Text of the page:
Last week, I participated in the eleventh meeting of the London FP&A Board, the exclusive forum for FP&A professionals from large organisations in the UK and Europe. The topic of the discussion was rolling forecasting, and participants brought a wide range of experience and perspectives to the table. We were joined on the evening by finance leaders from Legal and General, Coats Plc, AP Moeller Maersk, CA Technologies and Cafcass amongst others.
The discussion offered a real insight into the various approaches that different organisations bring to their forecasting process, and the many ways in which the principle of a rolling forecast is adapted to particular circumstances. This ranges from the technology industry, where fast-moving product developments mean that even forecasting one quarter ahead can be challenging, to asset management and capital intensive industries, where horizons stretch to a decade and more.
What was clear from the different opinions around the table, was that selecting the right techniques to create and then utilise the forecast is critical. Forecasting may once have been a fairly standard process across many different industries, but those days are long gone. Effective forecasting is now a highly individualised and strategically significant practice.
From the conversation at the meeting last week, it was clear that businesses are not looking to their forecast to simply provide a set of targets, nor just a rough guide to future performance, but to be a tool that can be used to actively identify and validate the actions necessary to achieve business goals.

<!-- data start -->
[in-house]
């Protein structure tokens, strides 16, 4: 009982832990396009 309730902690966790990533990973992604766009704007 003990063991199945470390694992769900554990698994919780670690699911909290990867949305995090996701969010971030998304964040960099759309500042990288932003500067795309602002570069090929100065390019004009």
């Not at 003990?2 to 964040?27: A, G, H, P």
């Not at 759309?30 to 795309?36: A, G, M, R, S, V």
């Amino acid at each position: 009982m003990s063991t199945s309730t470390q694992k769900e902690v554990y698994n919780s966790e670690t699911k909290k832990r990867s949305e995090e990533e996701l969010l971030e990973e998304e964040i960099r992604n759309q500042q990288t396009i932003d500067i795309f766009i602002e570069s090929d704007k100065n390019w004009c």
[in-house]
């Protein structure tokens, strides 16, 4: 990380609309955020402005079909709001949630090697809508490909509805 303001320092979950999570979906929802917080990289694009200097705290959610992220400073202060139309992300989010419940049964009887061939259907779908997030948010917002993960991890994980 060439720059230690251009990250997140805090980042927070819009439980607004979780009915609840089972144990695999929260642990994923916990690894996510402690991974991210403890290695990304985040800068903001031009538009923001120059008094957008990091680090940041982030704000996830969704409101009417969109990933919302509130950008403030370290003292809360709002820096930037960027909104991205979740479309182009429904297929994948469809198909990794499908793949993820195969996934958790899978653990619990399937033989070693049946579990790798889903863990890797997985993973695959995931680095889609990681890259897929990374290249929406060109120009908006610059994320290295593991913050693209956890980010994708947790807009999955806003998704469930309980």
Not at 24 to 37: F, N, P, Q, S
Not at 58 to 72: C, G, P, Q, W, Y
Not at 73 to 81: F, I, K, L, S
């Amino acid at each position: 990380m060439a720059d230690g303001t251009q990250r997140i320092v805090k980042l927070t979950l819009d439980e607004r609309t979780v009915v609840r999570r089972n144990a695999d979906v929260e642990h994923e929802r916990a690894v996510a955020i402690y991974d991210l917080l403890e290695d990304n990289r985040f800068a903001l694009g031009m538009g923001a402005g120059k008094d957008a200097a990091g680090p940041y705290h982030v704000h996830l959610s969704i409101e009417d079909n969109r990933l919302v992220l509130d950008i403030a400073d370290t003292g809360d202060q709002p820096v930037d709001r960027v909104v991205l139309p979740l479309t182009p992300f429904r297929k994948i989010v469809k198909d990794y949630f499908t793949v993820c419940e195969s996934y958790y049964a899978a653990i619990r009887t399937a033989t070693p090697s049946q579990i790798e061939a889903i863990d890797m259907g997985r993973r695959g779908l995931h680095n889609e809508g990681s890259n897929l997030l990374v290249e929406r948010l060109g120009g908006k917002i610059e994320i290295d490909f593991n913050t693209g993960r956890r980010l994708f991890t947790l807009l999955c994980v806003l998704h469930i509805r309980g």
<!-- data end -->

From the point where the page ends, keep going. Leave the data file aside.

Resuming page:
This isn’t easy, and the means of achieving it will vary widely between industries and organisations, but the basis is generally some sort of predictive model of the business, which can use either driver-based or statistical modelling. What was clear from the discussion was that the selection of the most relevant drivers is a vital success factor, and that considering too many or irrelevant drivers can introduce an unacceptable level of uncertainty in the forecast.
Balancing this against the level of detail required to drive operational decision-making is another challenge. However, if it is well-managed, then this can take place as part of the process of identifying relevant drivers. If both the predictive model and the appropriate levels of analysis can be captured in the one platform, then together they can afford the insights necessary to directly improve performance.
The approach of FP&A professionals to forecasting is no longer to treat it as a routine, rather tiresome but necessary chore. Despite the wide range of perspectives and experiences in evidence last week, what was clear is that new technology, new techniques and new attitudes have allowed forecasting to become a powerful and flexible tool, and one that helps finance leaders drive positive decision-making throughout the business.